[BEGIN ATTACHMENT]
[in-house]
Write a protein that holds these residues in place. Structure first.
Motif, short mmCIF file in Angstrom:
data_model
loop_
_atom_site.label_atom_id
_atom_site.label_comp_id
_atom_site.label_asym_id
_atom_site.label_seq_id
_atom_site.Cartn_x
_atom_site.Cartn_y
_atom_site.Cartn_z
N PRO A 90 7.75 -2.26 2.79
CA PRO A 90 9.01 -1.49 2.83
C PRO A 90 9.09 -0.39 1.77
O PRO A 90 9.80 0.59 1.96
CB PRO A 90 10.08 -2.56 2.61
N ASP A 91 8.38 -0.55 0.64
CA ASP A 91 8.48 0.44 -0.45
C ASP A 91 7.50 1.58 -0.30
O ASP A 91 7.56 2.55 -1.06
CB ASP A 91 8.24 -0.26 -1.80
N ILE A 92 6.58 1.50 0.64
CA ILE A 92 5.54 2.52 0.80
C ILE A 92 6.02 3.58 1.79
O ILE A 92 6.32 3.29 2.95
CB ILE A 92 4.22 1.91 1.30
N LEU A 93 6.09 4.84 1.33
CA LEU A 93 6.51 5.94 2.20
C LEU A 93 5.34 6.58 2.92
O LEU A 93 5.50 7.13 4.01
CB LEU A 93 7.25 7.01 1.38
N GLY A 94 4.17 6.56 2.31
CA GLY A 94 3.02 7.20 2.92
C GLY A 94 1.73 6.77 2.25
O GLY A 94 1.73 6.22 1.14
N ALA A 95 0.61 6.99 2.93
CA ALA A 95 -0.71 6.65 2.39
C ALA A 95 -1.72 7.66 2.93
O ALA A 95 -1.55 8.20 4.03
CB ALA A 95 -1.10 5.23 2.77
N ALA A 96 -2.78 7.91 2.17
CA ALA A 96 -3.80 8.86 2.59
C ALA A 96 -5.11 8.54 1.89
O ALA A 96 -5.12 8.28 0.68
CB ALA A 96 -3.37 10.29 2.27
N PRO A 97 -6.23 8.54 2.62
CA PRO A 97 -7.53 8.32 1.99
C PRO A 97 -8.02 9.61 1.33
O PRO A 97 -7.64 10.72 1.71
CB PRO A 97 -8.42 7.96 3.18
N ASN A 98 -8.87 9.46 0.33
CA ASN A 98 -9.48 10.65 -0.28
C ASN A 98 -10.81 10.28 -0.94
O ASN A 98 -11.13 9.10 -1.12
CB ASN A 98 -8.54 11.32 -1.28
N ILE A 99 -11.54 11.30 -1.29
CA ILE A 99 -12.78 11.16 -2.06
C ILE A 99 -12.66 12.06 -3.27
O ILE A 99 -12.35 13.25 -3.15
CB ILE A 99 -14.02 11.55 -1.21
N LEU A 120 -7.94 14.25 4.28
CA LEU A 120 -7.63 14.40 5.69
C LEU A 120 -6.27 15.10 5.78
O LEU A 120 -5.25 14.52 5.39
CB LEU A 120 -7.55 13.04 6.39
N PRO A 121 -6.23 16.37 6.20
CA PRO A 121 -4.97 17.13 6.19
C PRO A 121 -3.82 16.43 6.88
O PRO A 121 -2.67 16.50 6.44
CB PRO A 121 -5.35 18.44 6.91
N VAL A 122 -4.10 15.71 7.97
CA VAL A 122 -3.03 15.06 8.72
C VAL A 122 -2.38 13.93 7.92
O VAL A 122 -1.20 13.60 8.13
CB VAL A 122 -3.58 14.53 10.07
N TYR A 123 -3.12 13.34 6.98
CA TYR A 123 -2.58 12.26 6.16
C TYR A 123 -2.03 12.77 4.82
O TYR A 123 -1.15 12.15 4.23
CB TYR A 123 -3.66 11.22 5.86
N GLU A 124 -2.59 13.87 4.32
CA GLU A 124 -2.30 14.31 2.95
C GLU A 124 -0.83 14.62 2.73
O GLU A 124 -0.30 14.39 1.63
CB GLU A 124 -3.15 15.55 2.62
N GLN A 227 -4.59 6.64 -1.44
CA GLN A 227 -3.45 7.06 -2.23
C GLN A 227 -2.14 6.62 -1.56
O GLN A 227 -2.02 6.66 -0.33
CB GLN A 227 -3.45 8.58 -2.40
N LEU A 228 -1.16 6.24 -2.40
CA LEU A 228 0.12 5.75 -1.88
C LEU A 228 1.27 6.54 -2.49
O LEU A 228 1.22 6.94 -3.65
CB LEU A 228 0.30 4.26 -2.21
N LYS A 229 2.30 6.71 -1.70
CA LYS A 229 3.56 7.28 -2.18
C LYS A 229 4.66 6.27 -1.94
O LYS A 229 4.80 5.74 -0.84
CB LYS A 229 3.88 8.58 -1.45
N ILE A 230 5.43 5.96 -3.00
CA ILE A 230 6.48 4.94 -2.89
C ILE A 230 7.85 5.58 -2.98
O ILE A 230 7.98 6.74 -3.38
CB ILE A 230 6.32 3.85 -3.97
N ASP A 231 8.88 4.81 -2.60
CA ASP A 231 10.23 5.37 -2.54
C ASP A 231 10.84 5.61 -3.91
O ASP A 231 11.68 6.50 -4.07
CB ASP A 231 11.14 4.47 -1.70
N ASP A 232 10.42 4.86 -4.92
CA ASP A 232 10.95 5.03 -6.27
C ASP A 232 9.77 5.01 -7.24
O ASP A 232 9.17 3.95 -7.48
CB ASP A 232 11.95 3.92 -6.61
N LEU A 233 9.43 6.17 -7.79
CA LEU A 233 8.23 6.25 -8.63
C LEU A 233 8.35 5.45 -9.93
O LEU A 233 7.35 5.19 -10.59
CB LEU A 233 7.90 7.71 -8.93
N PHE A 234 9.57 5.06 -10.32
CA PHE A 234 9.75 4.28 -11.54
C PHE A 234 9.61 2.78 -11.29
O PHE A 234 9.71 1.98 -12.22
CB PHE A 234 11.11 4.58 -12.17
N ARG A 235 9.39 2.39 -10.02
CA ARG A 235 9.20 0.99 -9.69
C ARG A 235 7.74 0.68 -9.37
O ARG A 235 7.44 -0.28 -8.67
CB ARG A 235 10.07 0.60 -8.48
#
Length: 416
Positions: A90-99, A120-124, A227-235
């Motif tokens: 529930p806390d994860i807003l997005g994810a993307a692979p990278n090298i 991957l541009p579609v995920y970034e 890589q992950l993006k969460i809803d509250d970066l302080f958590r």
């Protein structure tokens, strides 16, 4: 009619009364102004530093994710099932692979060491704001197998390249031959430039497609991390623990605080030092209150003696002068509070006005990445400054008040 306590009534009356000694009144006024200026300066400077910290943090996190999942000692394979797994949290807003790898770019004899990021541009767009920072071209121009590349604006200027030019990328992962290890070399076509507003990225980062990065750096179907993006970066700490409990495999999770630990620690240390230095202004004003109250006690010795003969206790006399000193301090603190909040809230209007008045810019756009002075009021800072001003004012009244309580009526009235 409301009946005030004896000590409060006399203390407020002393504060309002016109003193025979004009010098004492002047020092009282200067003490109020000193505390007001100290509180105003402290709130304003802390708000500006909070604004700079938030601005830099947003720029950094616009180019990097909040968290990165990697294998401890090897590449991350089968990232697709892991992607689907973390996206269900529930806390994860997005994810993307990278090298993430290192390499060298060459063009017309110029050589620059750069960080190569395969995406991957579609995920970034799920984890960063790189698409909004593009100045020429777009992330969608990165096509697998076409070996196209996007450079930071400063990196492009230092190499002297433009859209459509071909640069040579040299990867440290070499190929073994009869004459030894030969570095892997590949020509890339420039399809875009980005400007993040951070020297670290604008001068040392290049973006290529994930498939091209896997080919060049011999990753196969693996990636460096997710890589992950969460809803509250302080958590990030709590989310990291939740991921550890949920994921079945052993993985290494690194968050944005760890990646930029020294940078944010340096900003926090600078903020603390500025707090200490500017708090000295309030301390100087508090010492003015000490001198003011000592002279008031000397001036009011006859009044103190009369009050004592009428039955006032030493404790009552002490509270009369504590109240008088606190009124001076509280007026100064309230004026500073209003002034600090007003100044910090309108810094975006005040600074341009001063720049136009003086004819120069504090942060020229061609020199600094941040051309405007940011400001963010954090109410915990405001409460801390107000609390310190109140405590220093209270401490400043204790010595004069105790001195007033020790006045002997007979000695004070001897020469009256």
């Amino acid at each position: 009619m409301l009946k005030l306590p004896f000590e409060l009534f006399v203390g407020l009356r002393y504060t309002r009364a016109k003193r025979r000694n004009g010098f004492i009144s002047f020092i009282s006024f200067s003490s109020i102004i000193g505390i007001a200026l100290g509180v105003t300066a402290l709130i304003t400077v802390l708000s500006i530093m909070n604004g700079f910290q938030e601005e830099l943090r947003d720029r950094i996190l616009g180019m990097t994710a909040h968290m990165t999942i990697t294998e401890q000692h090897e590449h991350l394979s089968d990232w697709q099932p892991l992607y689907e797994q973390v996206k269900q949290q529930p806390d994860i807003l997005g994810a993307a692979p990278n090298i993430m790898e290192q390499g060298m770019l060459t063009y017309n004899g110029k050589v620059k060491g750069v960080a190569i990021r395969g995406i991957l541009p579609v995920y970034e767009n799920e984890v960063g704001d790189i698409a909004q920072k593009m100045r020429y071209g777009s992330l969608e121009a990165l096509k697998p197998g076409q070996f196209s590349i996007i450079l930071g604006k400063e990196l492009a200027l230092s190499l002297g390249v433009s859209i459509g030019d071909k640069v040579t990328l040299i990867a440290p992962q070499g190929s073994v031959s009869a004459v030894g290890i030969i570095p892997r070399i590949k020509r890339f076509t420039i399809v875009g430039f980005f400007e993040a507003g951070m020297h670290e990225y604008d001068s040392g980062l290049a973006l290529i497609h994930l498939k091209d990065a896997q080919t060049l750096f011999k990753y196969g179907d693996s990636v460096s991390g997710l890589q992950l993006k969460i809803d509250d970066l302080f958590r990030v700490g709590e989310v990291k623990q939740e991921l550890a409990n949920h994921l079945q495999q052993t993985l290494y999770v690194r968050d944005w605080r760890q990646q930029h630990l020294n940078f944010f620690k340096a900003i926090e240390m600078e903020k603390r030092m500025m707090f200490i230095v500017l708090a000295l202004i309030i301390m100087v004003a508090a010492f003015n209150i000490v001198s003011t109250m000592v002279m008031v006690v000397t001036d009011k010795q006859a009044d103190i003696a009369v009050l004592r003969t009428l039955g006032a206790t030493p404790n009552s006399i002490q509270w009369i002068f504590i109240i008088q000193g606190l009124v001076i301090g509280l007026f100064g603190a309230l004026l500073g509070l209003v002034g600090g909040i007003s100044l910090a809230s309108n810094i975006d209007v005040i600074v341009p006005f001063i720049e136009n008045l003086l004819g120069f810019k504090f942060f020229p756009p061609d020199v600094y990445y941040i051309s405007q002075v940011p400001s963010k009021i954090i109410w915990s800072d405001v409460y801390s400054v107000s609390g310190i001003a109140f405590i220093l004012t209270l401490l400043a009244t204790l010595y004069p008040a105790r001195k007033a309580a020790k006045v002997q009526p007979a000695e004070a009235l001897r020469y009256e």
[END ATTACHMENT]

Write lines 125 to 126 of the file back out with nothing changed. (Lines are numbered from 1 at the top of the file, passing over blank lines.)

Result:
O PHE A 234 9.71 1.98 -12.22
CB PHE A 234 11.11 4.58 -12.17